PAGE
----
21-Chainsaw Salute Targets Bush Administration Forest Policies

No tree is safe under this administration


Marty Hayden, 202-667-4500 x 218
Cat Lazaroff, 202-667-4500 x 213

Statement by Earthjustice Legislative Director Marty Hayden:

“Today, we raise 21 chainsaws in salute to the corporate timber interests’ best friend — and our national forests’ worst foe — President George W. Bush.

“The Bush administration has adopted a ‘no tree left behind’ policy when it comes to our national forests. Never in modern times has there been an administration so singly focused on getting fish, wildlife, the public and the law out of the way of commercial timber interests and other extractive industries.

“From undermining wildlife conservation requirements adopted by that radical environmentalist President Ronald Reagan; to adopting broad new exemptions from environmental reviews of logging projects; to proposals to eliminate protections for salmon in the Pacific Northwest; the theme is a constant one: if it gets in the way of cutting trees, it’s out of there.

“Last month, the administration announced major efforts to weaken the Roadless Area Conservation Rule, considered by many to be the greatest forest conservation legacy of our times. The new administration initiatives propose to drop the nation’s two largest national forests, Alaska’s Tongass and Chugach, from the roadless rule and open these protected areas to industrial development. The administration also announced its plans to create a major loophole to allow governors to have national forests in their states dropped from the rule’s protections — turning this legacy for future generations of Americans into a political casualty of the moment.

“Rather than forcing the Forest Service and the BLM to do their fireproofing work adjacent to at-risk communities and providing additional resources to homeowners to ensure protection of their property, the administration is using the emotional issue of wildfire to move a far larger agenda.

“The so-called Healthy Forest Initiative creates a license to steal by allowing the timber industry to design and implement 10-year logging projects and pay themselves in trees. It also abolishes environmental reviews for an unlimited number of 1,000-acre logging projects. The administration is asking Congress to tamper with the courts in an unprecedented way in an attempt to allow illegal logging projects to still be cut.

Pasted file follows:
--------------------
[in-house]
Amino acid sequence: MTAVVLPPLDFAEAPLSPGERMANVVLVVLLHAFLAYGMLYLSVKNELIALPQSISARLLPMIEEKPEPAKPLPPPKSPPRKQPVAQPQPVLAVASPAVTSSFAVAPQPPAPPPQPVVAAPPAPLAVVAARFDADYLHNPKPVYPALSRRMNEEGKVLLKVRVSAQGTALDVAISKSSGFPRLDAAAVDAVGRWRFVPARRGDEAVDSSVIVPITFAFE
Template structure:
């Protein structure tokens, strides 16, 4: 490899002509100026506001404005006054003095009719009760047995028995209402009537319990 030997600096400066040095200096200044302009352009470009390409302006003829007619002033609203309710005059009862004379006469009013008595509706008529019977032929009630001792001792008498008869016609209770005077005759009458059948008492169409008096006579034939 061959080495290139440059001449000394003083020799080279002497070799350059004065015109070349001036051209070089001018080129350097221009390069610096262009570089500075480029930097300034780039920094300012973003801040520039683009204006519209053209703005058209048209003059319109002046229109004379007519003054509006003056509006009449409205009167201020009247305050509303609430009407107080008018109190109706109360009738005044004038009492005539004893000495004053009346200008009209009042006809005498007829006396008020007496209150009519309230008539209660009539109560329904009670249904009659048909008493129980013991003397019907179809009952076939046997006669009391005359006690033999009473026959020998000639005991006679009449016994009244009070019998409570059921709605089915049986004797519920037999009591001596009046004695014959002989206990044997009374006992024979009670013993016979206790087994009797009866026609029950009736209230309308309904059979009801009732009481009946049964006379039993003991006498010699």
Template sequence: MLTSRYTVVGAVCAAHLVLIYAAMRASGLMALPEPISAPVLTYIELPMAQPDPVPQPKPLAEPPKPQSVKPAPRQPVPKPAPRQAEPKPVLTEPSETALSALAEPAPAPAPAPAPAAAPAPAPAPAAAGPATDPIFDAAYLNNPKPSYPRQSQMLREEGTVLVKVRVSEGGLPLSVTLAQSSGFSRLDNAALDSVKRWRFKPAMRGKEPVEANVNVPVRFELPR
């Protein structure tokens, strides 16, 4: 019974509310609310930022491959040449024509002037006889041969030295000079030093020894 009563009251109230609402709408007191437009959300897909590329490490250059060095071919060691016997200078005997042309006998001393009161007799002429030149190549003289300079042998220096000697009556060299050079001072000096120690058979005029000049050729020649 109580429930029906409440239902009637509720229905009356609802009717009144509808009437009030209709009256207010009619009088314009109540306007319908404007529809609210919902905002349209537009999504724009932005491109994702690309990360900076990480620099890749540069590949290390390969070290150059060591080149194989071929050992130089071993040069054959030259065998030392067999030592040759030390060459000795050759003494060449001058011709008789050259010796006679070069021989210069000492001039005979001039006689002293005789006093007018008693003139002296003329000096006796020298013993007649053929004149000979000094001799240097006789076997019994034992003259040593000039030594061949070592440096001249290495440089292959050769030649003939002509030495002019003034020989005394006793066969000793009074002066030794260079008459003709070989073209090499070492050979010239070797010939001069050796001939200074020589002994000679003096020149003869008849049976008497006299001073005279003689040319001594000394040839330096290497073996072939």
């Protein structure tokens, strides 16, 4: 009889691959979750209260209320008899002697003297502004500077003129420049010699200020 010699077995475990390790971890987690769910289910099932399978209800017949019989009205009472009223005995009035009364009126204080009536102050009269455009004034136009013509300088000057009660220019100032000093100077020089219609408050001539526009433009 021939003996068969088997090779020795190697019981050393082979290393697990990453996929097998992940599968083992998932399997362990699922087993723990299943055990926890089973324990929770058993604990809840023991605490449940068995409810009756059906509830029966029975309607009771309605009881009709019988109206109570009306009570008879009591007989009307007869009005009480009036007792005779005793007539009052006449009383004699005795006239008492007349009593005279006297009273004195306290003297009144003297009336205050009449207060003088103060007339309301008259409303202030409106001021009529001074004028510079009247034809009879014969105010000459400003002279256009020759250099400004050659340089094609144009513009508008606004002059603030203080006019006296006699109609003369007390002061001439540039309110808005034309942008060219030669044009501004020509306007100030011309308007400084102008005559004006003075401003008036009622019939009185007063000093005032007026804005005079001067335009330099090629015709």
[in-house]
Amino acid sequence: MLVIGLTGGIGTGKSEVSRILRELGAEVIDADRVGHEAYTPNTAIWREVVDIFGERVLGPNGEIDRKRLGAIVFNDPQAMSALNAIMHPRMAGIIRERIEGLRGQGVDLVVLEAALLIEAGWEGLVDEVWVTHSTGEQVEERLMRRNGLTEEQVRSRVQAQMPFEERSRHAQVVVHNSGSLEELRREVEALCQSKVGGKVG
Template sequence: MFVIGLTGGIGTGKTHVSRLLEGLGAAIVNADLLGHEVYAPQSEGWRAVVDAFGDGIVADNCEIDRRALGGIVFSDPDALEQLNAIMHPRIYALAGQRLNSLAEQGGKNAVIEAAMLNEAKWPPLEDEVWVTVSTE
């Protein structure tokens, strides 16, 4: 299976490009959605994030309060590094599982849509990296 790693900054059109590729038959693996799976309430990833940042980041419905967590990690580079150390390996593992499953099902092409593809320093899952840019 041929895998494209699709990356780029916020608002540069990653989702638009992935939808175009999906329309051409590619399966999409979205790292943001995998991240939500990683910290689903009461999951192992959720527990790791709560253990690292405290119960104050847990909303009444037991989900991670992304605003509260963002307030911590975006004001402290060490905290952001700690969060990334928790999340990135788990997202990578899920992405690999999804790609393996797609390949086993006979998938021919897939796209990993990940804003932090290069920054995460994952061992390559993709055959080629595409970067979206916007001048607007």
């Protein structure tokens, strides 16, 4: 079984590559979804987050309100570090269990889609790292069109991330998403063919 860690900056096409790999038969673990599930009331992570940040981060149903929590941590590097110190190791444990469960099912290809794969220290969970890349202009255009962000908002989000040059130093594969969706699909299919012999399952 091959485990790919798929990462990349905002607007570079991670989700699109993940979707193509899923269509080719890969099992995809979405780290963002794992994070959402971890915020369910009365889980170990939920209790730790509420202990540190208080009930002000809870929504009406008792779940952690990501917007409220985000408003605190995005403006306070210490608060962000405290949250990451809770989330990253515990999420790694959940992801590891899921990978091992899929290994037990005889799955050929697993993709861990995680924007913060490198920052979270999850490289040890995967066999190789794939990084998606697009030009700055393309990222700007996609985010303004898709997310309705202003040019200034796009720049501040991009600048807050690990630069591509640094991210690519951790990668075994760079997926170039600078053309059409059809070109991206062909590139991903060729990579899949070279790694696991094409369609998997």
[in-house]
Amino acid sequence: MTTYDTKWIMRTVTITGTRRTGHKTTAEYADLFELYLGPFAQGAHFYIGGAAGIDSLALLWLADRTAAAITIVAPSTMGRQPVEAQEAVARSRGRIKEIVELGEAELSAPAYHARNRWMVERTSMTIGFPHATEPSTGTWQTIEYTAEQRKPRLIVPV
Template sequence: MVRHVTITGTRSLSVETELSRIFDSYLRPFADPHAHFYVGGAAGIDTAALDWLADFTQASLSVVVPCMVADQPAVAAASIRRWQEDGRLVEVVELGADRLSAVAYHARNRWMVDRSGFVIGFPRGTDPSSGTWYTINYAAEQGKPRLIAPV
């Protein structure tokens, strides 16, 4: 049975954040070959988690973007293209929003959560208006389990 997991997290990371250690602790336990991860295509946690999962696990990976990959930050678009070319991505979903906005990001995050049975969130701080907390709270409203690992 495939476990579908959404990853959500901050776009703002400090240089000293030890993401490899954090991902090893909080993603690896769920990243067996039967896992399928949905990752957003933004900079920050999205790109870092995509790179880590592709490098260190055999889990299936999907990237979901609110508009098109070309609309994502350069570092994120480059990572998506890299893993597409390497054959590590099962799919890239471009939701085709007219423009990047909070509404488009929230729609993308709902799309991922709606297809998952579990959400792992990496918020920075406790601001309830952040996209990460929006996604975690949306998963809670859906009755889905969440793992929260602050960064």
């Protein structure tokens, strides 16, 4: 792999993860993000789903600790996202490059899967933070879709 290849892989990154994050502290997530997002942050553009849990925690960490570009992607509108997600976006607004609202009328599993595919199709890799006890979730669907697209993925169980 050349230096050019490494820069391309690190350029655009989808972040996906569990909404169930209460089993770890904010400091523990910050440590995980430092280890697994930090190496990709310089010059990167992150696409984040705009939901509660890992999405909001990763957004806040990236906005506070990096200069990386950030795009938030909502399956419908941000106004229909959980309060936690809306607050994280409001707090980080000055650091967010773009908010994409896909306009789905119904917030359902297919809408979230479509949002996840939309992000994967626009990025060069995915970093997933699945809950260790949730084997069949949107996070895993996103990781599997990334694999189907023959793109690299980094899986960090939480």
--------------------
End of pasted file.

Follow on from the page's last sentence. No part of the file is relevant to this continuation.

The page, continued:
“Recently, the administration proposed to remove an important check and balance on decisions made by the Forest Service. They want to eliminate the oversight of federal fish and wildlife agencies on Forest Service logging projects that may affect threatened and endangered species. They also want Congress to eliminate the law that allows the public to administratively question Forest Service decisions and instead give former timber industry lobbyist, Agriculture Undersecretary Mark Rey, a blank check to decide what rights the public may have to question agency decisions. This same Undersecretary just issued new rules that attempt to allow the very side-stepping of the appeals process that just last year, a federal judge in Montana ruled violated the law.

“The administration’s proposed rewrite of the National Forest Management Act regulations seeks to undermine a standard for wildlife conservation that was adopted by President Reagan more than 20 years ago. Enforceable standards for maintaining wildlife populations have been a hallmark of these rules since that time, and now the Bush administration is proposing to make these requirements optional.

“Earlier this year, the administration unveiled its proposed overhaul of the Northwest Forest Plan’s Aquatic Conservation Strategy, the result of back-room negotiations with the timber industry. These negotiations were conducted under the guise of settling industry lawsuits, even though the industry had never actually challenged the Aquatic Conservation Strategy in court. The administration is now proposing to abolish the core requirement of the Strategy, which specifies that logging must be conducted in a manner that protects aquatic habitat and keeps the watershed on the path to recovery.

“Under the Bush administration, the timber industry is calling all the shots — leaving fish, wildlife and the American public out in the cold.”

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